- POSTED: 22 Jan 2014 21:37
A new group of demonstrators, calling themselves the “White Shirts”, have emerged in Thailand’s colour-coded street politics.
BANGKOK: A new group of demonstrators, calling themselves the “White Shirts”, have emerged in Thailand’s colour-coded street politics.
With their chants of "we want to vote", the White Shirts have been holding candle-light vigils around Bangkok and several other provinces daily.
Their number may not be as big as other groups and they do not have prominent leaders or fancy protest stages, but their message is simple: they want the February 2 election to go ahead.
This is because they believe the ballot box is the best way forward for the country.
"We believe in democracy and the election is an important democratic process,” said Ms Morragotwong Phumplab, university lecturer and White Shirts supporter.
“Why do I come out to light candles? I don't usually engage in political activism, but sometimes I publicly express my views. I feel that the candle vigils will help bring about peace."
Some have accused the White Shirts of being closet Red Shirts because of their pro-democracy stance.
However, the group itself argues otherwise.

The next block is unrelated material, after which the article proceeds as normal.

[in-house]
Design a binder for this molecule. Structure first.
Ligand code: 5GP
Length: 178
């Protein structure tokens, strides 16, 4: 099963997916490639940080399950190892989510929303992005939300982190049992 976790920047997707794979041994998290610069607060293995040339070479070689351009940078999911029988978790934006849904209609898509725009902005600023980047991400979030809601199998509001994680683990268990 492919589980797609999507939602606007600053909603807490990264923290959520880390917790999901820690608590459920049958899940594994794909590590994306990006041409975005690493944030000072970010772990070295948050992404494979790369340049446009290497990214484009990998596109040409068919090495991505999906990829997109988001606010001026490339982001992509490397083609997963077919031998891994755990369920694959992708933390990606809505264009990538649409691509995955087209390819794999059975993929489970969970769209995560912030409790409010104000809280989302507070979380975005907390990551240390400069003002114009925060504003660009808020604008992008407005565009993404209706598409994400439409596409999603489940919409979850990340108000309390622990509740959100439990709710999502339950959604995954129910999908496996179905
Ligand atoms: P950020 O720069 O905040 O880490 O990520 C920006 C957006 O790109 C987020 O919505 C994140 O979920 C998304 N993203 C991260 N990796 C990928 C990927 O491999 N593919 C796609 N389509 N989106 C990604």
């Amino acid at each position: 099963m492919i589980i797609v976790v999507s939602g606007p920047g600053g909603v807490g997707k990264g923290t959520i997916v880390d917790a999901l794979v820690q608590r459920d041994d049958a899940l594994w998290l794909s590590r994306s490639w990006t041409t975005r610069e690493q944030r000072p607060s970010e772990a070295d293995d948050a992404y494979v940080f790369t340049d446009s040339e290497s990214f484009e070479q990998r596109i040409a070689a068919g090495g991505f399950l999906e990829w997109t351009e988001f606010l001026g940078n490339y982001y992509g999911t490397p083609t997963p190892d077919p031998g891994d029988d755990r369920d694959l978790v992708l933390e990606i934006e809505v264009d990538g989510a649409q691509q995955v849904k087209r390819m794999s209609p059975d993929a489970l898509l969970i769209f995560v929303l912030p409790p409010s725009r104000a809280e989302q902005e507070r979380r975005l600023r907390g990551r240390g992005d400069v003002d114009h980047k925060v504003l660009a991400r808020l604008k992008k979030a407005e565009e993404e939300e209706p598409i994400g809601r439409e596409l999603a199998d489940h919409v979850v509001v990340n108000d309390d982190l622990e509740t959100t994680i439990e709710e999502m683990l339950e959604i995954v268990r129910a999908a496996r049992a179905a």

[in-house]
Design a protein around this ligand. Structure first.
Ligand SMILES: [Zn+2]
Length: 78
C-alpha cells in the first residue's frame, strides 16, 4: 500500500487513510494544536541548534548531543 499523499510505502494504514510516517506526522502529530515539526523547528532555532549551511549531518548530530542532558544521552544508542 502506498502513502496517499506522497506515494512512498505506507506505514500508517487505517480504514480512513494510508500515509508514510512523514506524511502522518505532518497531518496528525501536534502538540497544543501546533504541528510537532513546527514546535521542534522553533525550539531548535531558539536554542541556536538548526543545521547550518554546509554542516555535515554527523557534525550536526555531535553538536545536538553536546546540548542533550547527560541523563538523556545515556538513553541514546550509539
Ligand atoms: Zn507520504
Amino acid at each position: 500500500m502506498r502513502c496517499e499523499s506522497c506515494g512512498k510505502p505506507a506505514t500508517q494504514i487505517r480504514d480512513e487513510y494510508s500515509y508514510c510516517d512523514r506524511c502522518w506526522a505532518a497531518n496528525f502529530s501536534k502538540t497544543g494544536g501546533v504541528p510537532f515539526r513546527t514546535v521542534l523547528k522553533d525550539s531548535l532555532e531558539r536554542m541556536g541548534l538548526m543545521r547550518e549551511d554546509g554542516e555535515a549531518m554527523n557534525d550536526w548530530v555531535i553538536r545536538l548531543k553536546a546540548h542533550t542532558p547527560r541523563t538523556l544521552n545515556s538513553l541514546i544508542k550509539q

Some White Shirts even share views similar to the wholesale political reform aspiration voiced by Suthep Thaugsuban; yet ultimately the differences lie in the fact that the group is pro-election.
"People are making you take sides. If you aren't ‘Yellow’ then you're ‘Red’. Everyone thinks that ‘if you aren't with us then you're with the other side’. And this makes things difficult,” said Mr Sujane Kanparit, columnist and White Shirts supporter.
“There is no longer a space for us to stand. If I don't agree with one side, they'll push me to the other side. And the other side doesn't agree with me either."
As tension remains on the streets of Bangkok and the validity of the vote is put under the spotlight, some Thais are finding it increasingly difficult to take sides. It is clear that many Thai citizens want to bring stability back to the country.
The White Shirts claim to symbolise peace -- a prospect that remains a distant one while political polarisation remains.